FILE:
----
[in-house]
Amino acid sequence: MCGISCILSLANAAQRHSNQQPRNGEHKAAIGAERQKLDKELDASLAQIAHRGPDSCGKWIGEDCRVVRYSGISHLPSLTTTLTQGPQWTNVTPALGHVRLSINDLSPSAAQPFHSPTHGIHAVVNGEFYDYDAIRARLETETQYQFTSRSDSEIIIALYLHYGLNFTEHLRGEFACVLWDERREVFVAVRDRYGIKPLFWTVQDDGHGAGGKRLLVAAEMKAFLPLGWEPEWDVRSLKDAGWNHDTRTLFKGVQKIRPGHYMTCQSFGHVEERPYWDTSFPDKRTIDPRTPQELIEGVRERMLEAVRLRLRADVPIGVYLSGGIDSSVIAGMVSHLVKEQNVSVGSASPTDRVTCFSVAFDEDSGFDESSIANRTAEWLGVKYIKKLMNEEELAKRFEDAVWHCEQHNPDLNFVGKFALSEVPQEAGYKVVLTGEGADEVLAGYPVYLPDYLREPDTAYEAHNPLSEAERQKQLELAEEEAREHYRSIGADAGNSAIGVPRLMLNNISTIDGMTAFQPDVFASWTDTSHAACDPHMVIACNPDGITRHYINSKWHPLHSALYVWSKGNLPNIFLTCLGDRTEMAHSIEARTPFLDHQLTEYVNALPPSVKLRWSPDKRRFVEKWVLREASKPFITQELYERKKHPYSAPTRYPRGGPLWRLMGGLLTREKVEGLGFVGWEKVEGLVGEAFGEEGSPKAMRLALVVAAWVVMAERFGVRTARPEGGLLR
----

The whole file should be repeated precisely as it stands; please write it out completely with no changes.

[in-house]
Amino acid sequence: MCGISCILSLANAAQRHSNQQPRNGEHKAAIGAERQKLDKELDASLAQIAHRGPDSCGKWIGEDCRVVRYSGISHLPSLTTTLTQGPQWTNVTPALGHVRLSINDLSPSAAQPFHSPTHGIHAVVNGEFYDYDAIRARLETETQYQFTSRSDSEIIIALYLHYGLNFTEHLRGEFACVLWDERREVFVAVRDRYGIKPLFWTVQDDGHGAGGKRLLVAAEMKAFLPLGWEPEWDVRSLKDAGWNHDTRTLFKGVQKIRPGHYMTCQSFGHVEERPYWDTSFPDKRTIDPRTPQELIEGVRERMLEAVRLRLRADVPIGVYLSGGIDSSVIAGMVSHLVKEQNVSVGSASPTDRVTCFSVAFDEDSGFDESSIANRTAEWLGVKYIKKLMNEEELAKRFEDAVWHCEQHNPDLNFVGKFALSEVPQEAGYKVVLTGEGADEVLAGYPVYLPDYLREPDTAYEAHNPLSEAERQKQLELAEEEAREHYRSIGADAGNSAIGVPRLMLNNISTIDGMTAFQPDVFASWTDTSHAACDPHMVIACNPDGITRHYINSKWHPLHSALYVWSKGNLPNIFLTCLGDRTEMAHSIEARTPFLDHQLTEYVNALPPSVKLRWSPDKRRFVEKWVLREASKPFITQELYERKKHPYSAPTRYPRGGPLWRLMGGLLTREKVEGLGFVGWEKVEGLVGEAFGEEGSPKAMRLALVVAAWVVMAERFGVRTARPEGGLLR